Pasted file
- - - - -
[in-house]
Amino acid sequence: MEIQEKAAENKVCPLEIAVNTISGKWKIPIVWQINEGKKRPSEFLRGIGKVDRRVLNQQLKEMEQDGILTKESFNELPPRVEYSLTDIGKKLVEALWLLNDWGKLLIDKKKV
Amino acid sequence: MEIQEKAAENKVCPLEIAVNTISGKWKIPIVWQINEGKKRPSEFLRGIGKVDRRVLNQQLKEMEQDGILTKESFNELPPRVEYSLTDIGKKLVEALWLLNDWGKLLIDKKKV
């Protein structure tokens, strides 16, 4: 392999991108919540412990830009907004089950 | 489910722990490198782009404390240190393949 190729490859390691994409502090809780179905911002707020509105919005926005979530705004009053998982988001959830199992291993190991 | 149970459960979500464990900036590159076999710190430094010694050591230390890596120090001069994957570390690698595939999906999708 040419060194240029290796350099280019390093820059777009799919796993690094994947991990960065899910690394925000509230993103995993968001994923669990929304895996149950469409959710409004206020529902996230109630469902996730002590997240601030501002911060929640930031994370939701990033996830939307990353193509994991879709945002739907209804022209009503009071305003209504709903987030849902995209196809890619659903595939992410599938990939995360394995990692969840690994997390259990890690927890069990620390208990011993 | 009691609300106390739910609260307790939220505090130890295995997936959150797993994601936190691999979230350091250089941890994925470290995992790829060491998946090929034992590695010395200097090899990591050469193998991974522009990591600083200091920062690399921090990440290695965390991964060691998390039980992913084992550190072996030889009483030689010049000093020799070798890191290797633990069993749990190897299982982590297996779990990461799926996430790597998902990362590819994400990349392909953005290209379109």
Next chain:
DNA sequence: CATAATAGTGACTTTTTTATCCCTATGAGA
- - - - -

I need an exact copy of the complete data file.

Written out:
[in-house]
Amino acid sequence: MEIQEKAAENKVCPLEIAVNTISGKWKIPIVWQINEGKKRPSEFLRGIGKVDRRVLNQQLKEMEQDGILTKESFNELPPRVEYSLTDIGKKLVEALWLLNDWGKLLIDKKKV
Amino acid sequence: MEIQEKAAENKVCPLEIAVNTISGKWKIPIVWQINEGKKRPSEFLRGIGKVDRRVLNQQLKEMEQDGILTKESFNELPPRVEYSLTDIGKKLVEALWLLNDWGKLLIDKKKV
């Protein structure tokens, strides 16, 4: 392999991108919540412990830009907004089950 | 489910722990490198782009404390240190393949 190729490859390691994409502090809780179905911002707020509105919005926005979530705004009053998982988001959830199992291993190991 | 149970459960979500464990900036590159076999710190430094010694050591230390890596120090001069994957570390690698595939999906999708 040419060194240029290796350099280019390093820059777009799919796993690094994947991990960065899910690394925000509230993103995993968001994923669990929304895996149950469409959710409004206020529902996230109630469902996730002590997240601030501002911060929640930031994370939701990033996830939307990353193509994991879709945002739907209804022209009503009071305003209504709903987030849902995209196809890619659903595939992410599938990939995360394995990692969840690994997390259990890690927890069990620390208990011993 | 009691609300106390739910609260307790939220505090130890295995997936959150797993994601936190691999979230350091250089941890994925470290995992790829060491998946090929034992590695010395200097090899990591050469193998991974522009990591600083200091920062690399921090990440290695965390991964060691998390039980992913084992550190072996030889009483030689010049000093020799070798890191290797633990069993749990190897299982982590297996779990990461799926996430790597998902990362590819994400990349392909953005290209379109």
Next chain:
DNA sequence: CATAATAGTGACTTTTTTATCCCTATGAGA